Digital minister Margot James has told the House of Lords Communications Committee that the Department for Digital, Culture, Media and Sport (DCMS) is likely to recommend the creation of some form of dedicated regulatory body for the internet in the next few months.
Giving evidence to the ongoing Lords inquiry on internet regulation, James said that at the moment, some aspects of online activity were regulated by a number of different bodies, such as telecoms regulator Ofcom, the Advertising Standards Agency (ASA) and the Information Commissioner’s Office (ICO), and this approach was no longer viable.
“There has to date been a reliance on existing regulators to apply their work online, but because the online environment presents several unique challenges, it is felt there is too much of a gap in the regulatory armoury, which is allowing swathes of online activity to proceed with very light-touch regulation, and in some cases no regulation at all,” said James.
Having published a green paper on internet safety last year, DCMS is currently working on a white paper on the subject of tackling “online harms”, which is set to be published in the next few months.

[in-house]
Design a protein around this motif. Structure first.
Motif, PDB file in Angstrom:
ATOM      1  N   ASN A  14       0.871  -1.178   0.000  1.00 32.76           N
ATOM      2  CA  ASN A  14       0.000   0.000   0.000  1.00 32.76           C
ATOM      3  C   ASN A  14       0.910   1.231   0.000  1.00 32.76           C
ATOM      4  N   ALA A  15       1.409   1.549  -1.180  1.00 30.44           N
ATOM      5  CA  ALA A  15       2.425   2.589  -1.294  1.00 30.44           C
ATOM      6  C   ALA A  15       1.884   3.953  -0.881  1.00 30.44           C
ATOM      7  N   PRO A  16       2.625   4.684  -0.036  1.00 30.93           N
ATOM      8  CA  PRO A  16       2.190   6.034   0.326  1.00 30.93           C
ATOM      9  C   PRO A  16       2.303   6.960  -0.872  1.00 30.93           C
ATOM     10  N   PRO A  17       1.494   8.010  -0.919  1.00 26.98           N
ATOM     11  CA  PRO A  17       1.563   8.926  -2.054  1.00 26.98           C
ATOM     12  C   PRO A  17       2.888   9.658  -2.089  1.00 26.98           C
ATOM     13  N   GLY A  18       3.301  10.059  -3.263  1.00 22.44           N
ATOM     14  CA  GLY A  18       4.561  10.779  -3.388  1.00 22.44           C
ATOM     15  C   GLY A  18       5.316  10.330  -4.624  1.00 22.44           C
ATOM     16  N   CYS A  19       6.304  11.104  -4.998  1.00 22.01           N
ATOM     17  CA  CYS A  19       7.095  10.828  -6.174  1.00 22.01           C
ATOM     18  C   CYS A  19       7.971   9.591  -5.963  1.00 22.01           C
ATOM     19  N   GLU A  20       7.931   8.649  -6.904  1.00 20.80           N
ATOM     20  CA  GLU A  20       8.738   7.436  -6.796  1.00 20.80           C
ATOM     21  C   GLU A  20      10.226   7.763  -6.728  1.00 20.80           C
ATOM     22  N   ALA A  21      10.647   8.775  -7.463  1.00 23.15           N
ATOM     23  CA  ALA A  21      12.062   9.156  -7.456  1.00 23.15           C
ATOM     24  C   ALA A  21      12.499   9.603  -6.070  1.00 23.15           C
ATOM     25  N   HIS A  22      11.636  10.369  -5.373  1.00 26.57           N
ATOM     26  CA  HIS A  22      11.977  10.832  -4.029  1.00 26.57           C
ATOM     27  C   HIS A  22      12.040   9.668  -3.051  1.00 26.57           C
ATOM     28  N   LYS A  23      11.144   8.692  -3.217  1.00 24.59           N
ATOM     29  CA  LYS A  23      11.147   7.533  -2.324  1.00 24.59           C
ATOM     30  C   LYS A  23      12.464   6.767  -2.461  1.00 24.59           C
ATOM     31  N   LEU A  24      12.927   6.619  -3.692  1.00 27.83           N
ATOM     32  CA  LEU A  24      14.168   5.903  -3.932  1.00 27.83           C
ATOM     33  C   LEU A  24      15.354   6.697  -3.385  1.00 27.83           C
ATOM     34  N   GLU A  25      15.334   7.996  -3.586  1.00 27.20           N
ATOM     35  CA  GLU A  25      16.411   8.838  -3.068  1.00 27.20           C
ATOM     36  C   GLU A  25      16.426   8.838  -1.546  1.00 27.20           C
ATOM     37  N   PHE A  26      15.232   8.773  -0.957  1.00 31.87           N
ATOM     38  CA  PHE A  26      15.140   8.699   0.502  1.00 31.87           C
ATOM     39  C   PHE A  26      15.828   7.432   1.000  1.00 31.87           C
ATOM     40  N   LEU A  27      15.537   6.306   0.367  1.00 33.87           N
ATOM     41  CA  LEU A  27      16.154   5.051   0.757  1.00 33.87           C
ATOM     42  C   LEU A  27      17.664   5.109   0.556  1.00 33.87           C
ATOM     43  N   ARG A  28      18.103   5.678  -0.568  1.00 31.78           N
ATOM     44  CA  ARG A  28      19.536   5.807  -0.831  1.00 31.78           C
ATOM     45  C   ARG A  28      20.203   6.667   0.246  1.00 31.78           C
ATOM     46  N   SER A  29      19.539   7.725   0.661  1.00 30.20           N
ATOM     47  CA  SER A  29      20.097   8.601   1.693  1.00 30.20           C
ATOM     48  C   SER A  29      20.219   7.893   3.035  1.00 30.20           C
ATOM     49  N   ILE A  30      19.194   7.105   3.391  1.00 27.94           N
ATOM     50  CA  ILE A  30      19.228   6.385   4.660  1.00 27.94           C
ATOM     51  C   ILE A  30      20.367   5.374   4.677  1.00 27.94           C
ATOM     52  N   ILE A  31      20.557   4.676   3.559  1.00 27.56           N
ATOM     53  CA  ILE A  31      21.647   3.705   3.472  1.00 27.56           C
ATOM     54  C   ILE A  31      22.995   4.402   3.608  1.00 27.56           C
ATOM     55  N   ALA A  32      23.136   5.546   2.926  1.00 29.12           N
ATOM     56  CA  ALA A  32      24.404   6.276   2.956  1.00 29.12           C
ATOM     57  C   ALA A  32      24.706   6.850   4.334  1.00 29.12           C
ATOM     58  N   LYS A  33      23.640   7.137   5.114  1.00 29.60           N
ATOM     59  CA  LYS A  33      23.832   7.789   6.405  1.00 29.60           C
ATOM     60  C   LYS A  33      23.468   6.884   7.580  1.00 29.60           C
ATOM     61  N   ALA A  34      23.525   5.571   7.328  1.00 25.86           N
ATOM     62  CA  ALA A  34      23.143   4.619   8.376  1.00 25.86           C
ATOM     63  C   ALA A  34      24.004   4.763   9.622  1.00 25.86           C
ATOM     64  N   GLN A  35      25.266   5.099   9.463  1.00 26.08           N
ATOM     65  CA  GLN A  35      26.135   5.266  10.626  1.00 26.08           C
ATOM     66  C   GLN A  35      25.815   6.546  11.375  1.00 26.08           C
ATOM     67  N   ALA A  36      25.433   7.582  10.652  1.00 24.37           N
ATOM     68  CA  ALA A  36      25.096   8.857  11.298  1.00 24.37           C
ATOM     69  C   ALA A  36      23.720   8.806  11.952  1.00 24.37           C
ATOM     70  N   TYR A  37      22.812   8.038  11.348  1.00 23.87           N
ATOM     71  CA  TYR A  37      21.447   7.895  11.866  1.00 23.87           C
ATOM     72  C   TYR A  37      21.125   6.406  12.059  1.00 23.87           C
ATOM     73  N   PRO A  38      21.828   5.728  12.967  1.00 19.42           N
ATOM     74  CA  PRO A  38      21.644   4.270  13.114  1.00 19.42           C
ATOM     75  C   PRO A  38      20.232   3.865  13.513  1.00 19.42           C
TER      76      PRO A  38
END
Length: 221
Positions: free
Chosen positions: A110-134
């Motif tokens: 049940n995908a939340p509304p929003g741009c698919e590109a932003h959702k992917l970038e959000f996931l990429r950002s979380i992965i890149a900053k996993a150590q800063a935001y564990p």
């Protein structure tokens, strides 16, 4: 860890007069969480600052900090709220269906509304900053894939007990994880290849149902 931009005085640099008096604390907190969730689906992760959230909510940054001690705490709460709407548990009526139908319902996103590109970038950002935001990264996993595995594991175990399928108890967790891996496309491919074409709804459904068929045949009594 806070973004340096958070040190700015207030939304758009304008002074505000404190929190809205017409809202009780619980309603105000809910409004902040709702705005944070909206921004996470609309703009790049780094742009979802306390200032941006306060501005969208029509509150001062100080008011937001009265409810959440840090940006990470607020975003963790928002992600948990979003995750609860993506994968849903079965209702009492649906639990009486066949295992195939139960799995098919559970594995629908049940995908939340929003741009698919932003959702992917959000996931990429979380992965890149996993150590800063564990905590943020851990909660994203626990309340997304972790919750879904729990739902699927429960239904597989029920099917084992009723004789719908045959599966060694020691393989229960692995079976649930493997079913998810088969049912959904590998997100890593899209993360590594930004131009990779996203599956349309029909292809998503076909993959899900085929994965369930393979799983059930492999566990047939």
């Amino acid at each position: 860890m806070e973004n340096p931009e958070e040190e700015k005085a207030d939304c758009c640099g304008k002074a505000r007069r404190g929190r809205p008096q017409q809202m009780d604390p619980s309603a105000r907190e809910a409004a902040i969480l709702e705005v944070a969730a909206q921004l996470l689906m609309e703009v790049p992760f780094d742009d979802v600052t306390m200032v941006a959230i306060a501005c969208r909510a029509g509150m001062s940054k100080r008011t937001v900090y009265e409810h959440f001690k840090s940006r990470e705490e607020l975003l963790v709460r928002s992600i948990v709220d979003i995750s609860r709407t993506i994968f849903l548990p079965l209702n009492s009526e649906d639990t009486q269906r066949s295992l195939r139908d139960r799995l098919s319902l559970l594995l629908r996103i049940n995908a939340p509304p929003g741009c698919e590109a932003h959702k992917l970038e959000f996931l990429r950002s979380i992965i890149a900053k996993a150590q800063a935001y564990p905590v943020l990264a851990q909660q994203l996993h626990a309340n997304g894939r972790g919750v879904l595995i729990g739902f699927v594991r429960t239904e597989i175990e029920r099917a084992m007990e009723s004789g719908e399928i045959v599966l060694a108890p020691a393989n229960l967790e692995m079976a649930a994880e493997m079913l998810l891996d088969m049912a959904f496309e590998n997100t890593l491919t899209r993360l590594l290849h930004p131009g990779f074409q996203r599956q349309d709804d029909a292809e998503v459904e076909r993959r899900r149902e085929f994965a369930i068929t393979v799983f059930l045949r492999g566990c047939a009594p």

“We fully expect that to be followed by legislation as soon as the parliamentary timetable permits,” James told the committee.
The Lords convened its inquiry on internet regulation in April 2018, at the height of widespread uproar surrounding the activities of private companies such as Cambridge Analytica and its alleged abuse of personal data to influence the outcome of the UK’s EU referendum and the US presidential election of 2016.
To date, the inquiry has received both written and oral evidence from a number of stakeholders. In October, Ofcom’s group director of content and media policy, Kevin Bakhurst, took a similar line to James, saying the rules governing what online activities regulators could and could not act to control were not at all clear.
“Much of the online content and social media is simply not covered by anybody at the moment,” he said.
James said that, ultimately, the government wanted to improve people’s safety and security online on the basis that what is illegal offline should be illegal online.
Any measures introduced in the future will set clear online safety expectations to protect users from harmful behaviour and criminality, she said, while at the same time taking steps to ensure that the UK’s growing technology industry was not limited in its ability to innovate and grow.
James suggested that laying down clear policy on online regulation would actually result in a more positive commercial environment for the UK’s technology industry, adding: “I don’t see a contradiction between the two.”